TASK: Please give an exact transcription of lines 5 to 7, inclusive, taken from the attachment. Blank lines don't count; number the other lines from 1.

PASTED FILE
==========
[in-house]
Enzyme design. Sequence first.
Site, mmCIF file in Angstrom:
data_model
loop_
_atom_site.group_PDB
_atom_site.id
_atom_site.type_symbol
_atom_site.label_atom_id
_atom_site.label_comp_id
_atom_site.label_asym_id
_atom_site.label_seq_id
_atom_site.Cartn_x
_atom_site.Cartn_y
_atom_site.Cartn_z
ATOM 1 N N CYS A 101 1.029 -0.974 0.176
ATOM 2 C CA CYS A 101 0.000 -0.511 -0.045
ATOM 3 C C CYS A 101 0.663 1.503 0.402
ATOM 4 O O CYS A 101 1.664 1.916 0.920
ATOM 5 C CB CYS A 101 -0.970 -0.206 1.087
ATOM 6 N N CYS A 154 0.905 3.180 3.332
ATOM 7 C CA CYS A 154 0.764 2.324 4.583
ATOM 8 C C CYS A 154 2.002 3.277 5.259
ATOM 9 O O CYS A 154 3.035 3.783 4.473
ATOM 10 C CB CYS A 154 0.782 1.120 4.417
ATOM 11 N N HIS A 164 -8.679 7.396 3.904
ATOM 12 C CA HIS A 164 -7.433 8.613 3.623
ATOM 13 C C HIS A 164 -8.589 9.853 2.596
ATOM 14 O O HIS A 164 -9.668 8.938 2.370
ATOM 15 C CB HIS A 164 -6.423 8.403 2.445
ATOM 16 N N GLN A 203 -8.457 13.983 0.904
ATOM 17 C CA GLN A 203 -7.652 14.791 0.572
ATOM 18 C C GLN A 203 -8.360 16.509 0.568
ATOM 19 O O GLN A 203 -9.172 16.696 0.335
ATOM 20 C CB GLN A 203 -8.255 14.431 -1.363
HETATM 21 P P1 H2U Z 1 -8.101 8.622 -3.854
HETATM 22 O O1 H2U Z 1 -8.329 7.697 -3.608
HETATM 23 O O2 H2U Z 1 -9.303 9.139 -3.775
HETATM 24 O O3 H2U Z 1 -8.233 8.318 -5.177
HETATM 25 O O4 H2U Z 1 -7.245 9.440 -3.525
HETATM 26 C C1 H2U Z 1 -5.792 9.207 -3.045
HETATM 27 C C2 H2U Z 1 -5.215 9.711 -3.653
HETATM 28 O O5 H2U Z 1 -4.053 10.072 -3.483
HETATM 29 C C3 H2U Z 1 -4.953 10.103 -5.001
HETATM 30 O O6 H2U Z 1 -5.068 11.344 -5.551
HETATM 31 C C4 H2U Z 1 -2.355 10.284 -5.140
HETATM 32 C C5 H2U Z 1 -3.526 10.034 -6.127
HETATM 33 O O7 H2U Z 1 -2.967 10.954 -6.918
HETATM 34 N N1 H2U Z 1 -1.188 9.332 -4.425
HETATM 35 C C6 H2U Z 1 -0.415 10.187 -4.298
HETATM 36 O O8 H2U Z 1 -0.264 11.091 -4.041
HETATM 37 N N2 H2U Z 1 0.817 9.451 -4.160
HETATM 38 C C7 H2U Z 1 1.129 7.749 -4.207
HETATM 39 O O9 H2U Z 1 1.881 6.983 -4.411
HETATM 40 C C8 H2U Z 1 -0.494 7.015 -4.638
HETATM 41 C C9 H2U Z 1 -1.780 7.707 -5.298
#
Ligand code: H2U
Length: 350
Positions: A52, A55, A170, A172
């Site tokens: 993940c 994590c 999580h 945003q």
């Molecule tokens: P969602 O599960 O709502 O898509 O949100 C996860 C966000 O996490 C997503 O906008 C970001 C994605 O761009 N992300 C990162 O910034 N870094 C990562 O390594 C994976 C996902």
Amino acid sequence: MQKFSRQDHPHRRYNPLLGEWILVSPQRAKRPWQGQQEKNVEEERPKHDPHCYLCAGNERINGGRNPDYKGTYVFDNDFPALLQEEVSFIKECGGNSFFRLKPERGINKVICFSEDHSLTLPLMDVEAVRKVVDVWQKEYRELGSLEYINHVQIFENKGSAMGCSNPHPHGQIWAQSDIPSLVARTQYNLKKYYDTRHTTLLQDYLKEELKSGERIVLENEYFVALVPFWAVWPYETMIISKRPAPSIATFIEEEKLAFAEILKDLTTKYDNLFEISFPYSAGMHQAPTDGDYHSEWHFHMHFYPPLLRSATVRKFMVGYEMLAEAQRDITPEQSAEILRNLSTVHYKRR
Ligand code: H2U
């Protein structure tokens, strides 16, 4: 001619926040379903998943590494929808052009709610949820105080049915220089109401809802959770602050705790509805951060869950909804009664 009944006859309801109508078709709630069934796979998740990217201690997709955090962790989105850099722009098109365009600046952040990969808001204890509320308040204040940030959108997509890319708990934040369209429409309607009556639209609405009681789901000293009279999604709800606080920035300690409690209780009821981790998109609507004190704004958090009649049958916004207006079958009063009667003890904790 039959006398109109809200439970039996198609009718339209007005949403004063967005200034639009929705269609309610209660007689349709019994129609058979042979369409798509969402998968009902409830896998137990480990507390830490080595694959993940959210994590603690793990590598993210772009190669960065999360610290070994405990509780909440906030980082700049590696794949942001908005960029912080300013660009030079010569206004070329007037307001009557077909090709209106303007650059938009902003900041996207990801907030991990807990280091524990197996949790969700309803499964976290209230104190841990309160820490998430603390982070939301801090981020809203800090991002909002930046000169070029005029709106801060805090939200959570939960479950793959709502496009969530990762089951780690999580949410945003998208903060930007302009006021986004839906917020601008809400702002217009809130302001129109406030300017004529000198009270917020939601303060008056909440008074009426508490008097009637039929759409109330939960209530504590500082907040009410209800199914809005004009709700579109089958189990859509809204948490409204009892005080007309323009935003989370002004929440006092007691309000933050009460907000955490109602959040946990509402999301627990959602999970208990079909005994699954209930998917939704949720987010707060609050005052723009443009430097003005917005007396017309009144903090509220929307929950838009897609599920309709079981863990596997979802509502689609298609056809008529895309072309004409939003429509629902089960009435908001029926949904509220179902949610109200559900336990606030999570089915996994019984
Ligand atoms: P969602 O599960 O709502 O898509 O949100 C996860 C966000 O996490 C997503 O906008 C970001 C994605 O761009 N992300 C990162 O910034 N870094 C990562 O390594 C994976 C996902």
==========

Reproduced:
loop_
_atom_site.group_PDB
_atom_site.id